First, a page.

It is universal that contracts for significant construction projects require the Contractor to provide performance security to the Principal. The Principal’s entitlement to call on that security, however, is often a point of dispute.
For example, a Contractor may believe that the Principal will not be able to call on security where there is an unpaid adjudication award in favour of the Contractor under the applicable Security of Payment legislation.
However, a recent Supreme Court of Western Australia case (Duro Felguera Australia Pty Ltd v Samsung C&T Corporation  WASC 119) confirms that the mere existence of an unpaid adjudication award in favour of a Contractor in accordance with the Construction Contracts Act2005 (WA) (Security of Payment Act) does not necessarily prevent the Principal making a call on the Contractor’s performance security. This is consistent with the position taken by Courts in NSW and Queensland* and is likely to also be the case in the other States and Territories.
The Court further held that, where a construction contract requires the Principal to simply form a bona fide belief that it is or will be entitled to recover the relevant amount as a condition to calling the performance security, the Principal is not required to take into account an amount due to the Contractor in accordance with an unpaid adjudication award when forming that belief.
Lessons to be learned
The case is a reminder that the terms of the construction contract are critical in determining a party’s right to call on security provided to secure performance of that contract.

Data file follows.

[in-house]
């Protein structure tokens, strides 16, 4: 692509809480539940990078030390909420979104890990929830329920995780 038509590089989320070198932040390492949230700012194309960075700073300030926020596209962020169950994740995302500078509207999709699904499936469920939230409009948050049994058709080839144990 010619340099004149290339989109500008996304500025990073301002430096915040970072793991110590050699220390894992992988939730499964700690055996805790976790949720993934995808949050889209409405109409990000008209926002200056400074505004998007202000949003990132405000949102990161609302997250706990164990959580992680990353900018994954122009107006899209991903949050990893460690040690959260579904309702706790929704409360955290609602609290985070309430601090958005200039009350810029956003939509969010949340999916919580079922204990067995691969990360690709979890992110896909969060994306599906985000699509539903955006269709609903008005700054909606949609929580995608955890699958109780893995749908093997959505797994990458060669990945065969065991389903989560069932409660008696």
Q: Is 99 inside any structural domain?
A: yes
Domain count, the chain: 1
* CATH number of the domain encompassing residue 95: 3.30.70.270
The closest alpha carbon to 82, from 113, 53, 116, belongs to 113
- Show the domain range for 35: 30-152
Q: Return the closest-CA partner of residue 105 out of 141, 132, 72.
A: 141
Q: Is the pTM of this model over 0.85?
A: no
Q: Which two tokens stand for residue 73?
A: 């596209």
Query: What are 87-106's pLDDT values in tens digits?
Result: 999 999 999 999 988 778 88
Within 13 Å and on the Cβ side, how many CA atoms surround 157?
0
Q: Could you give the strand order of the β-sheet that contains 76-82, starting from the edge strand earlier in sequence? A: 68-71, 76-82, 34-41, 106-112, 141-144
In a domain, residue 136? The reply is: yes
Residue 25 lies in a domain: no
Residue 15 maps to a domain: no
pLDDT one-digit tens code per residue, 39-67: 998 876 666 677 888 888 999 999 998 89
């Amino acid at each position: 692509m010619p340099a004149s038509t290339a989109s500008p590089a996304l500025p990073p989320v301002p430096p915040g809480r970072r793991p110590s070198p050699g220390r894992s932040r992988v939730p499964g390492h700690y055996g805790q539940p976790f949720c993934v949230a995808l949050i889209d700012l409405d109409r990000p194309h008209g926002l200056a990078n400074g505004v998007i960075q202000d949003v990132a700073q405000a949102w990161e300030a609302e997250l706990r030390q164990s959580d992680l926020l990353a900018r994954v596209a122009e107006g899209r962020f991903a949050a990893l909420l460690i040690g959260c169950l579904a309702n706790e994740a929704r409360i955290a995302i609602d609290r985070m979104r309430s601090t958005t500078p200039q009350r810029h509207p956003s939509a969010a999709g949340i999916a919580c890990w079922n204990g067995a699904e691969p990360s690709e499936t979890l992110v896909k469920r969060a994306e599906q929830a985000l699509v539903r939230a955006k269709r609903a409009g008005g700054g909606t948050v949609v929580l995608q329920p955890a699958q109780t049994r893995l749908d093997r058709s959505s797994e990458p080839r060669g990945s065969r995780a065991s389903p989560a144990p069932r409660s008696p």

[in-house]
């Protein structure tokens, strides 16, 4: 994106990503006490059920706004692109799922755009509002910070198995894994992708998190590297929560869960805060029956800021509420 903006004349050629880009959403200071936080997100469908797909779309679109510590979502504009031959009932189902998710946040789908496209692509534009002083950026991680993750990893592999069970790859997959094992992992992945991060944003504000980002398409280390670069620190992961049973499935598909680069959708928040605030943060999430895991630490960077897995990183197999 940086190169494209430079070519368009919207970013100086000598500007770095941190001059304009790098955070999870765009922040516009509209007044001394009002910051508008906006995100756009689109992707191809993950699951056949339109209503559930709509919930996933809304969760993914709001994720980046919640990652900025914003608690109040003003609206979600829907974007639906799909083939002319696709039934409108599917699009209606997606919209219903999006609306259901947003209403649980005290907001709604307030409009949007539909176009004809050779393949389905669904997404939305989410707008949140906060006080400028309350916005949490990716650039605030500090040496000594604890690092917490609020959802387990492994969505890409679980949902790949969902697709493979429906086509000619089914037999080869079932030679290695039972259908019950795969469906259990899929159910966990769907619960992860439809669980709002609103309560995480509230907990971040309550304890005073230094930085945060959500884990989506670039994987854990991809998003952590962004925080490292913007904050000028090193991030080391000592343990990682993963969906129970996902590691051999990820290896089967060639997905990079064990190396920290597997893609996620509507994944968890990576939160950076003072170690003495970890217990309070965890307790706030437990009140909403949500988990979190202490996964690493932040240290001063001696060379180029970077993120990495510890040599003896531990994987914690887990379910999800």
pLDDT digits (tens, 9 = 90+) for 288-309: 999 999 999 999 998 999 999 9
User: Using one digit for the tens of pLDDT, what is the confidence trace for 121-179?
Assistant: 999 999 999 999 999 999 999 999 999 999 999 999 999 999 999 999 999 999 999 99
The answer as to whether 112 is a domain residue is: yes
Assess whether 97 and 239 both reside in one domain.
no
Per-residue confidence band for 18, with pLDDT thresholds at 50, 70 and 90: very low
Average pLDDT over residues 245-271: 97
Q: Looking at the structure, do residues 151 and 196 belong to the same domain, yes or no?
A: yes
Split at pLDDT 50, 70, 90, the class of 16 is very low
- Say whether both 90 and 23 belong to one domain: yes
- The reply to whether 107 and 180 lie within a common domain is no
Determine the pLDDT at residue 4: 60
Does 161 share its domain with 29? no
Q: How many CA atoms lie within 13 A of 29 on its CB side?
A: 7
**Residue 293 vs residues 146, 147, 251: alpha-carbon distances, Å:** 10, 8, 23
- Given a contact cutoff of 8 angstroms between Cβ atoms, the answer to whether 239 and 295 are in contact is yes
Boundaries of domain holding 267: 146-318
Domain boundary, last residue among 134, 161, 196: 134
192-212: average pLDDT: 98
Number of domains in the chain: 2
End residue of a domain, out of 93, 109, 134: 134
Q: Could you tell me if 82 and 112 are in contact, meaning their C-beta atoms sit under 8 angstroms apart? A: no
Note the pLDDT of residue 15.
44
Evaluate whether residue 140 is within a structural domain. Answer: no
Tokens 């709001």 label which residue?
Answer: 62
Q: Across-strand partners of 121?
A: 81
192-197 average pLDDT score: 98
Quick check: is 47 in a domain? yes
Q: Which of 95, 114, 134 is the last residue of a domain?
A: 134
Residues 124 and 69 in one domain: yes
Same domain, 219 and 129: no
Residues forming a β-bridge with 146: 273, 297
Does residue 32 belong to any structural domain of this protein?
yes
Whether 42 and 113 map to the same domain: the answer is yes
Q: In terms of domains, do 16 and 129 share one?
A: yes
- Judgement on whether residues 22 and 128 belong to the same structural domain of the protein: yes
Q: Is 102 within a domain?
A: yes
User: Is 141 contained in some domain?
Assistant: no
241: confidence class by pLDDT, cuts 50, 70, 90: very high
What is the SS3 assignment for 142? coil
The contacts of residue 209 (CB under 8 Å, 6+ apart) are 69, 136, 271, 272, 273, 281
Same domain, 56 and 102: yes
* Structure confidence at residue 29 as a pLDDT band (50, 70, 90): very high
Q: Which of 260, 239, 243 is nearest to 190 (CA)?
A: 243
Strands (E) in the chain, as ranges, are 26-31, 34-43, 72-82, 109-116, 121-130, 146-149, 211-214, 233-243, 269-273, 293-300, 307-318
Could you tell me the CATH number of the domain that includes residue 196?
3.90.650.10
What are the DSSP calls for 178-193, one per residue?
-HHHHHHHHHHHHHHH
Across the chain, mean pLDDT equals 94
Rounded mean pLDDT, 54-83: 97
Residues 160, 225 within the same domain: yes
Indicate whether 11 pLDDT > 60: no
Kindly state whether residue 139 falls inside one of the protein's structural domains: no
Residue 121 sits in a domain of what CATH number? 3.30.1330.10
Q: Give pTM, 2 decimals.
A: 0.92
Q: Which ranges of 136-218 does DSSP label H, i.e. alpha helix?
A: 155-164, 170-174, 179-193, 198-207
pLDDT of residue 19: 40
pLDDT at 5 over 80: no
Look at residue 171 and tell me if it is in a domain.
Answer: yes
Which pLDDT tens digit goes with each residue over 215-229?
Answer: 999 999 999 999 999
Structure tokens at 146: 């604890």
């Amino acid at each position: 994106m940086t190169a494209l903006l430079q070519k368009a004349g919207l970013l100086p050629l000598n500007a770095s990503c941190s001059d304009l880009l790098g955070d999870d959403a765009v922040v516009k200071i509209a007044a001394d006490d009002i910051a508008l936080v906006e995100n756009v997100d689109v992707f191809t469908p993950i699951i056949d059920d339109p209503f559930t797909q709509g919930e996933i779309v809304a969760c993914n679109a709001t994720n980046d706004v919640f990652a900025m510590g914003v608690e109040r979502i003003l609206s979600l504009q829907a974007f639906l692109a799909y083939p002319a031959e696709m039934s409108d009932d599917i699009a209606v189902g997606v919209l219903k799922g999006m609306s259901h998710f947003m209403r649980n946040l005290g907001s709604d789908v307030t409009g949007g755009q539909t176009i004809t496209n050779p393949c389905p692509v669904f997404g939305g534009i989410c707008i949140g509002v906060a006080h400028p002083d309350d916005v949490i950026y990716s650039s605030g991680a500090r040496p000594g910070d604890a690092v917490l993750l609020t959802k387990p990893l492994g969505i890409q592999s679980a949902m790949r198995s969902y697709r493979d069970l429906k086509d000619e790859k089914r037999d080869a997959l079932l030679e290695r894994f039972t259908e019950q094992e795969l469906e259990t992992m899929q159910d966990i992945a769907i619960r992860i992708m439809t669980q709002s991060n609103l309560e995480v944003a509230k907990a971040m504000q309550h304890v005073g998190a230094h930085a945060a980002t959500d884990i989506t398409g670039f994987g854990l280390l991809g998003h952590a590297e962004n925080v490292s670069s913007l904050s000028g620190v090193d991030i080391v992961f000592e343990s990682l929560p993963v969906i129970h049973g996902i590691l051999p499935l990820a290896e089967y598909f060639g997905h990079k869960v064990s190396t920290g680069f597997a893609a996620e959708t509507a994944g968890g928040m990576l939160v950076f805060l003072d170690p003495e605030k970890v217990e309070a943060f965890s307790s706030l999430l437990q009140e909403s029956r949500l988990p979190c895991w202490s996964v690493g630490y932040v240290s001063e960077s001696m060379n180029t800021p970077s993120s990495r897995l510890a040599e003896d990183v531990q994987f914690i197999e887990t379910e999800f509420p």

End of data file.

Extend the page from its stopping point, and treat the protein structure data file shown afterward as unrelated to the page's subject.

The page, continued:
Should a party wish to limit the other party’s rights to make a call on security in particular circumstances, it is recommended that these limitations be expressly written into the contract.
Duro and Samsung entered into a contract in relation to the Roy Hill iron ore mining, rail and port project in the Pilbara region of WA (Contract). The Contract required Duro to supply equipment and systems for the iron ore processing plant and port facility. The Contract sum was approximately $506m.
Duro was to provide security of $76,287,534 and Samsung could call on security if it “considers, acting bona fide, that it is or will be entitled to recover the relevant amount from (Duro) under or in respect of the Contract”.
In early 2016, Duro was awarded approximately $60m under 3 adjudications conducted under the Security of Payment Act (Determinations).
Prior to paying the amounts due under the Determinations, Samsung gave Duro notice of contractual claims totalling approximately $109m, and that it intended to access security in respect of those claims.
Duro applied for an injunction to prevent Samsung accessing security.
The Court refused the injunction and allowed Samsung to take approximately $68m of security. For current purposes, there were two primary reasons for the Court’s decision:
- Whilst Samsung is obliged to pay to Duro the adjudicated amounts in accordance with the Determinations unless and until those Determinations are set aside, the Security of Payment Act preserves all of Samsung’s contractual rights including its right to have recourse to the security. So long as Samsung had evidence of a bona fide belief of the entitlement, it had met the contractual requirement irrespective of whether Samsung had paid the Determinations.
- In forming its bona fide belief as to amounts claimed to be due under the Contract, Samsung was permitted to disagree with the adjudicator’s reasons for the Determinations as to amounts that may be due under the Contract.
*See Patterson Building Group Pty Ltd v Holroyd City Council  NSWSC 1484 and Fabtech Australia Pty Ltd v Laing O’Rourke Australia Construction Pty Ltd  FCA 1371
If you have any queries regarding security under your construction contracts, or would like any assistance in relation to construction matters please contact:
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